Jane Fonda has been an ally of the LGBTQ community long before it was considered cool, and this resurfaced interview from 1979 shows just how outspoken she really was.
In the clip, which has gone viral after it popped up on Twitter, Fonda is interviewed during San Francisco’s White Nights Riots, sparked by the murder of Harvey Milk.
The interviewer asks her if gay people face discrimination, to which she replies:
“Absolutely. Culturally, psychologically, economically, politically, gays and lesbians are discriminated against.”
And when asked if she feels like her organization, the Campaign for Economic Democracy, was being “used” by the gay community, she unflinchingly responds:
“I hope they use me. What am I here for if not to be used by good people for good things? I’m part of an organization and you could also be cynical as you are and ask me, ‘Isn’t the organization using me?’”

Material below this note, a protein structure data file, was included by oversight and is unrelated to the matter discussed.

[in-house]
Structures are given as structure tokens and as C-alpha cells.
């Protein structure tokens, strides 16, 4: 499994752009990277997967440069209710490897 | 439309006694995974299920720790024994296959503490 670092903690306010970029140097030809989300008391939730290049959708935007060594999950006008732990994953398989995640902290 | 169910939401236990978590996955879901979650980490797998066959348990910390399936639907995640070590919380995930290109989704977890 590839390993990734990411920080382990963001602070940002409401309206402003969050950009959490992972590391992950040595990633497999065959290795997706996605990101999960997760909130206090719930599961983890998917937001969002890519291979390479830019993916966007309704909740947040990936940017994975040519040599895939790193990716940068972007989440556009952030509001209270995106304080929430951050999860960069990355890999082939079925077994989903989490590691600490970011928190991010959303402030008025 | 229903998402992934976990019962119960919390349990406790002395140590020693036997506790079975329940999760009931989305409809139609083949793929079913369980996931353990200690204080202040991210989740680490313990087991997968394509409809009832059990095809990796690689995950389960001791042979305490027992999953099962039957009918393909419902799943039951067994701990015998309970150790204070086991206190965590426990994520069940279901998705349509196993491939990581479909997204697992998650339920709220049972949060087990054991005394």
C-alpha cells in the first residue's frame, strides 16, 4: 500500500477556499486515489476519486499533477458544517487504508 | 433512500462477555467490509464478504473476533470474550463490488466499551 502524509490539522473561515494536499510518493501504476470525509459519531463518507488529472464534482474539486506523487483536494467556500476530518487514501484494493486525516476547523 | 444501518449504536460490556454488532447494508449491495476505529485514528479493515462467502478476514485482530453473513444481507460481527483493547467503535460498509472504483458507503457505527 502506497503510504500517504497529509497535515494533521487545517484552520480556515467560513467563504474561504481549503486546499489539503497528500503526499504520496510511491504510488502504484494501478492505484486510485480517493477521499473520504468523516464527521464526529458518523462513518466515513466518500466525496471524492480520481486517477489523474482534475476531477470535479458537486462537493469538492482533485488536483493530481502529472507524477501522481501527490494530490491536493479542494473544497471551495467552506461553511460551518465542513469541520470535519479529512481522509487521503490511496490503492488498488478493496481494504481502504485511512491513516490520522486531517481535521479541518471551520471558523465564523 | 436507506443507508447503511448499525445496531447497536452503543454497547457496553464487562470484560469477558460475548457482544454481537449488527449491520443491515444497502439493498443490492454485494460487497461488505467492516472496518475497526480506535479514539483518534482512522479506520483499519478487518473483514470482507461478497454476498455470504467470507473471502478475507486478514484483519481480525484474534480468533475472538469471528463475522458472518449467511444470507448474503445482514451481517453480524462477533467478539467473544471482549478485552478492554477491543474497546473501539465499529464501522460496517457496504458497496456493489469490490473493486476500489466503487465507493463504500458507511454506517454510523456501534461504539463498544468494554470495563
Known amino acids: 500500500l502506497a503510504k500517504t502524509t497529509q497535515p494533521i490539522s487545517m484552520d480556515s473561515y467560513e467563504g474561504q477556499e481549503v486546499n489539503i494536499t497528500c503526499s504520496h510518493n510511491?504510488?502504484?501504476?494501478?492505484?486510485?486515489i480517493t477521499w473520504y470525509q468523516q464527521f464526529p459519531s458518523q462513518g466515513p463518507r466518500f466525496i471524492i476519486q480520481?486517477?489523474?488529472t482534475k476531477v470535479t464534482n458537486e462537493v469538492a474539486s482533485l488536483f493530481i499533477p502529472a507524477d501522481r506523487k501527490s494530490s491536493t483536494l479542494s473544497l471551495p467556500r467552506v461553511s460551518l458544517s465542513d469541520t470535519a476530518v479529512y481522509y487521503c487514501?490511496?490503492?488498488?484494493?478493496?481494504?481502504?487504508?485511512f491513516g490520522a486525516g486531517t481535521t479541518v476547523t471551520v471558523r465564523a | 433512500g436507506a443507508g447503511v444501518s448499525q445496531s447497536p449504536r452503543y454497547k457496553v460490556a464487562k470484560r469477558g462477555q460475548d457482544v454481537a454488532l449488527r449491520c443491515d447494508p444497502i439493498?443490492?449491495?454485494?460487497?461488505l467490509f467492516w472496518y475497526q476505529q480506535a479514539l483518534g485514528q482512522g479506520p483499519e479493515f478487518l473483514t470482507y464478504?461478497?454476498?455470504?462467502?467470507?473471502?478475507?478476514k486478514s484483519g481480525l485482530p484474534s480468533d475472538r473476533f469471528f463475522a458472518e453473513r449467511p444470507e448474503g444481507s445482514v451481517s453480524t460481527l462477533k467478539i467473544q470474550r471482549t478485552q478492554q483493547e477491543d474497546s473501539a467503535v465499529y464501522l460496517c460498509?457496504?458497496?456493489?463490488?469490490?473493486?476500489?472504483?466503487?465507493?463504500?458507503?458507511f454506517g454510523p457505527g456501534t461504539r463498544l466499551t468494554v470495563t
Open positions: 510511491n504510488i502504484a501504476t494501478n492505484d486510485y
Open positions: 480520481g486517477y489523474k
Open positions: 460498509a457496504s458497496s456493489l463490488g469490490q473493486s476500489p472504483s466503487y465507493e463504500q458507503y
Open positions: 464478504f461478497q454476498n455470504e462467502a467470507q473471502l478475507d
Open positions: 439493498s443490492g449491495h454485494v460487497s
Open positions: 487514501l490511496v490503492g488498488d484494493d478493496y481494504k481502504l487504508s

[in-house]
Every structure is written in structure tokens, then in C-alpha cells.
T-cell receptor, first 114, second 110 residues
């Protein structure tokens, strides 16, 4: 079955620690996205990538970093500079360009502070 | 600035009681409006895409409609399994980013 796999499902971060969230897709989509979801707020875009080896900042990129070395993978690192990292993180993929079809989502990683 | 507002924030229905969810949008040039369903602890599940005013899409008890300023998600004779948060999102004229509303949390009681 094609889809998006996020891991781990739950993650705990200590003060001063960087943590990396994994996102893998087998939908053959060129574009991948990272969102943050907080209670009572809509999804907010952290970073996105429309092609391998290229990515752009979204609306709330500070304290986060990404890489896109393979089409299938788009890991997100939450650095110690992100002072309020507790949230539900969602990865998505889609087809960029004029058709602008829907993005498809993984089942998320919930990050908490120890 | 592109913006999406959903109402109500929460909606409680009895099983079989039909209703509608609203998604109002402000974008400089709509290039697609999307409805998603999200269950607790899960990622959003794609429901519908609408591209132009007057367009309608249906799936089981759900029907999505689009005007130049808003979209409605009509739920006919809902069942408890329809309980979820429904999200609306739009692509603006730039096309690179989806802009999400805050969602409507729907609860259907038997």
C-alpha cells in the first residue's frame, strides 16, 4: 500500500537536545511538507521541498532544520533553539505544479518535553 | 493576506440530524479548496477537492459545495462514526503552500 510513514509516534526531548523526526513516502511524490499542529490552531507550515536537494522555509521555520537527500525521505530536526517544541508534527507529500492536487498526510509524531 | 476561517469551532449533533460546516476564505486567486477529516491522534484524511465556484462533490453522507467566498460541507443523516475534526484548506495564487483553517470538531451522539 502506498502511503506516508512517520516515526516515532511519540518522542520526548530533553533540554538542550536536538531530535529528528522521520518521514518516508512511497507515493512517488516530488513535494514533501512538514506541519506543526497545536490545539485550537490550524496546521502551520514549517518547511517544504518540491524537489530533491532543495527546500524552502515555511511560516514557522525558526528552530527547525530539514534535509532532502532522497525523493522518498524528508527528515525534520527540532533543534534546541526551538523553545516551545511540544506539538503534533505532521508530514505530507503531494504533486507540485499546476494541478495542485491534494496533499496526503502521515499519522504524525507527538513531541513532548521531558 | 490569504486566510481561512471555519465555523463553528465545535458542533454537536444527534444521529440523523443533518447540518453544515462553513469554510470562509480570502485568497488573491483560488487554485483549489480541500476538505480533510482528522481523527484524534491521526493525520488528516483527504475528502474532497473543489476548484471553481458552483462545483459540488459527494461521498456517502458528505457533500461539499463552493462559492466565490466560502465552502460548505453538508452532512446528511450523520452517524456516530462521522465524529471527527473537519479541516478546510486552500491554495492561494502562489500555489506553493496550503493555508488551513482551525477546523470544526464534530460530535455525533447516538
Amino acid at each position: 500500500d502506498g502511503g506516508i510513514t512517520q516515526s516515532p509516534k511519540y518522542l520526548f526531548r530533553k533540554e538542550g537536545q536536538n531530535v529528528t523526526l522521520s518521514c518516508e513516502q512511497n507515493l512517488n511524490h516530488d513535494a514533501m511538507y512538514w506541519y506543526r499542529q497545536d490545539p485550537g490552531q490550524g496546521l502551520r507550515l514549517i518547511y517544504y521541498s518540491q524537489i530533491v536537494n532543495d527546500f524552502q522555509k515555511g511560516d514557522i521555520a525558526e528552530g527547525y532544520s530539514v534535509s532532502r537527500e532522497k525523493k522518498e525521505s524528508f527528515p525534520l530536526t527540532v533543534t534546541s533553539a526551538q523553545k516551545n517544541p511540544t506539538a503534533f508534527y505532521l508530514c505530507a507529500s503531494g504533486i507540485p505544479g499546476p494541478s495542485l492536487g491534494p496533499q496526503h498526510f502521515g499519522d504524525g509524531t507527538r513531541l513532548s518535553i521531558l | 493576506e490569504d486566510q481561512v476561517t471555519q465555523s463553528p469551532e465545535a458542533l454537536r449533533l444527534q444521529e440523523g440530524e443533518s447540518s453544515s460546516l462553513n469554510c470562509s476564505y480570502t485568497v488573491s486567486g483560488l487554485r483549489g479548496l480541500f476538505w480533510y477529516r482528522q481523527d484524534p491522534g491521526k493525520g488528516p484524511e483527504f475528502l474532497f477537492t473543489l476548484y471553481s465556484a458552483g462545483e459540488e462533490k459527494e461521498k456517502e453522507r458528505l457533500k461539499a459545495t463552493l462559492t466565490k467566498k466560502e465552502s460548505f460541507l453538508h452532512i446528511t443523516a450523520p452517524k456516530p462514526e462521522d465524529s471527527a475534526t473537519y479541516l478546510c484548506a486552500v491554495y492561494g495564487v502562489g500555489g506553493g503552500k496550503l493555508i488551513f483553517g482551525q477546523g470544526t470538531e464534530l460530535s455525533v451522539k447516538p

She continued: “But you could also think, ‘Aren’t I using the organization just the way the gays and lesbians here are using the organization they’re a part of if it helps give us perspective, helps us keep our values intact, it increases our power – because as individuals we don’t have very much, but altogether, we have a lot of power.’”
“Everybody uses,” she says later in the interview. “The point is what are you using for if it’s just for greed or selfish reasons? That’s one thing. But if you’re using each other for things that are positive, then why not?”
The clip was posted along with the caption: “Jane Fonda was saying this in the 70s while some celebrities only manage to say ‘gay rights’ today.” It’s received nearly 200K likes and over 50K reshares at the time of this post.
It’s now racked up over 3.3 million views — why not make it a few more?